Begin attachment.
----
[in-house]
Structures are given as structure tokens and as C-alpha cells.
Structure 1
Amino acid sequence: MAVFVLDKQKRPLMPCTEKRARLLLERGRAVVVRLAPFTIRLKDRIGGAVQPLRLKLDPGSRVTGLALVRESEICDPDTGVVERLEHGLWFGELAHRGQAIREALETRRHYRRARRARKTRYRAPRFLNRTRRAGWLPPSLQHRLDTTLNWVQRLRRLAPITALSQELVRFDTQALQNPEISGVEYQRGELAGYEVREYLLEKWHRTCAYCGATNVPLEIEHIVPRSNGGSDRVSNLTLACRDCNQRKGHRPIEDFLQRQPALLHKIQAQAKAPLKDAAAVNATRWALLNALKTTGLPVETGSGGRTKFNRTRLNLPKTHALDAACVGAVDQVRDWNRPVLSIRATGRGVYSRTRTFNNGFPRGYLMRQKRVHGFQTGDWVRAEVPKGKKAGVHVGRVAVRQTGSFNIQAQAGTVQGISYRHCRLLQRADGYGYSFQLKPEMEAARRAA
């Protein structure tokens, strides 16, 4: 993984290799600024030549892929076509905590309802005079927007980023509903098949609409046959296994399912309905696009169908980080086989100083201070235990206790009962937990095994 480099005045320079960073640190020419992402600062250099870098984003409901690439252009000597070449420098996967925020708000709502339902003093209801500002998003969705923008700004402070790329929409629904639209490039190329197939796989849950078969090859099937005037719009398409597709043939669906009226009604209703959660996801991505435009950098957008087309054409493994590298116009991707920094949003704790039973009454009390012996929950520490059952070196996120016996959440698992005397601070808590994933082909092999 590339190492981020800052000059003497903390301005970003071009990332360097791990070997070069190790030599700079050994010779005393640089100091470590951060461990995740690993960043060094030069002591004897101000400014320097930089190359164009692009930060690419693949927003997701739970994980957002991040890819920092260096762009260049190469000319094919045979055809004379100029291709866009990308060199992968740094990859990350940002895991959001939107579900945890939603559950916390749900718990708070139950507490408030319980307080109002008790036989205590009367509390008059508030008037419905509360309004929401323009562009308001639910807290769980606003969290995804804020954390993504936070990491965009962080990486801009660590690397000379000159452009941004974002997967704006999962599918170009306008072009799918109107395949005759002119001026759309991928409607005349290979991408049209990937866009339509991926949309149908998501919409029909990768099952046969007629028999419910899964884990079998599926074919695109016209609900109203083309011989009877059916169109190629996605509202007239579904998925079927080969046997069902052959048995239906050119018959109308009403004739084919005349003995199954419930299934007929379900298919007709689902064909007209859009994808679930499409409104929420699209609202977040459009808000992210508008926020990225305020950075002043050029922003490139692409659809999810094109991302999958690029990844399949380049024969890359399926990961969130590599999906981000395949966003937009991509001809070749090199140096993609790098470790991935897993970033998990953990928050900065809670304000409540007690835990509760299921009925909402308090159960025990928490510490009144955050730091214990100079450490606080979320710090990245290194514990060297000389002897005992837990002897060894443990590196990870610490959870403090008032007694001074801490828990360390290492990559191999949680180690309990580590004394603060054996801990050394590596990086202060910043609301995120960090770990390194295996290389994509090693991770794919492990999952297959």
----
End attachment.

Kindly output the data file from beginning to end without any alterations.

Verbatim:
[in-house]
Structures are given as structure tokens and as C-alpha cells.
Structure 1
Amino acid sequence: MAVFVLDKQKRPLMPCTEKRARLLLERGRAVVVRLAPFTIRLKDRIGGAVQPLRLKLDPGSRVTGLALVRESEICDPDTGVVERLEHGLWFGELAHRGQAIREALETRRHYRRARRARKTRYRAPRFLNRTRRAGWLPPSLQHRLDTTLNWVQRLRRLAPITALSQELVRFDTQALQNPEISGVEYQRGELAGYEVREYLLEKWHRTCAYCGATNVPLEIEHIVPRSNGGSDRVSNLTLACRDCNQRKGHRPIEDFLQRQPALLHKIQAQAKAPLKDAAAVNATRWALLNALKTTGLPVETGSGGRTKFNRTRLNLPKTHALDAACVGAVDQVRDWNRPVLSIRATGRGVYSRTRTFNNGFPRGYLMRQKRVHGFQTGDWVRAEVPKGKKAGVHVGRVAVRQTGSFNIQAQAGTVQGISYRHCRLLQRADGYGYSFQLKPEMEAARRAA
């Protein structure tokens, strides 16, 4: 993984290799600024030549892929076509905590309802005079927007980023509903098949609409046959296994399912309905696009169908980080086989100083201070235990206790009962937990095994 480099005045320079960073640190020419992402600062250099870098984003409901690439252009000597070449420098996967925020708000709502339902003093209801500002998003969705923008700004402070790329929409629904639209490039190329197939796989849950078969090859099937005037719009398409597709043939669906009226009604209703959660996801991505435009950098957008087309054409493994590298116009991707920094949003704790039973009454009390012996929950520490059952070196996120016996959440698992005397601070808590994933082909092999 590339190492981020800052000059003497903390301005970003071009990332360097791990070997070069190790030599700079050994010779005393640089100091470590951060461990995740690993960043060094030069002591004897101000400014320097930089190359164009692009930060690419693949927003997701739970994980957002991040890819920092260096762009260049190469000319094919045979055809004379100029291709866009990308060199992968740094990859990350940002895991959001939107579900945890939603559950916390749900718990708070139950507490408030319980307080109002008790036989205590009367509390008059508030008037419905509360309004929401323009562009308001639910807290769980606003969290995804804020954390993504936070990491965009962080990486801009660590690397000379000159452009941004974002997967704006999962599918170009306008072009799918109107395949005759002119001026759309991928409607005349290979991408049209990937866009339509991926949309149908998501919409029909990768099952046969007629028999419910899964884990079998599926074919695109016209609900109203083309011989009877059916169109190629996605509202007239579904998925079927080969046997069902052959048995239906050119018959109308009403004739084919005349003995199954419930299934007929379900298919007709689902064909007209859009994808679930499409409104929420699209609202977040459009808000992210508008926020990225305020950075002043050029922003490139692409659809999810094109991302999958690029990844399949380049024969890359399926990961969130590599999906981000395949966003937009991509001809070749090199140096993609790098470790991935897993970033998990953990928050900065809670304000409540007690835990509760299921009925909402308090159960025990928490510490009144955050730091214990100079450490606080979320710090990245290194514990060297000389002897005992837990002897060894443990590196990870610490959870403090008032007694001074801490828990360390290492990559191999949680180690309990580590004394603060054996801990050394590596990086202060910043609301995120960090770990390194295996290389994509090693991770794919492990999952297959």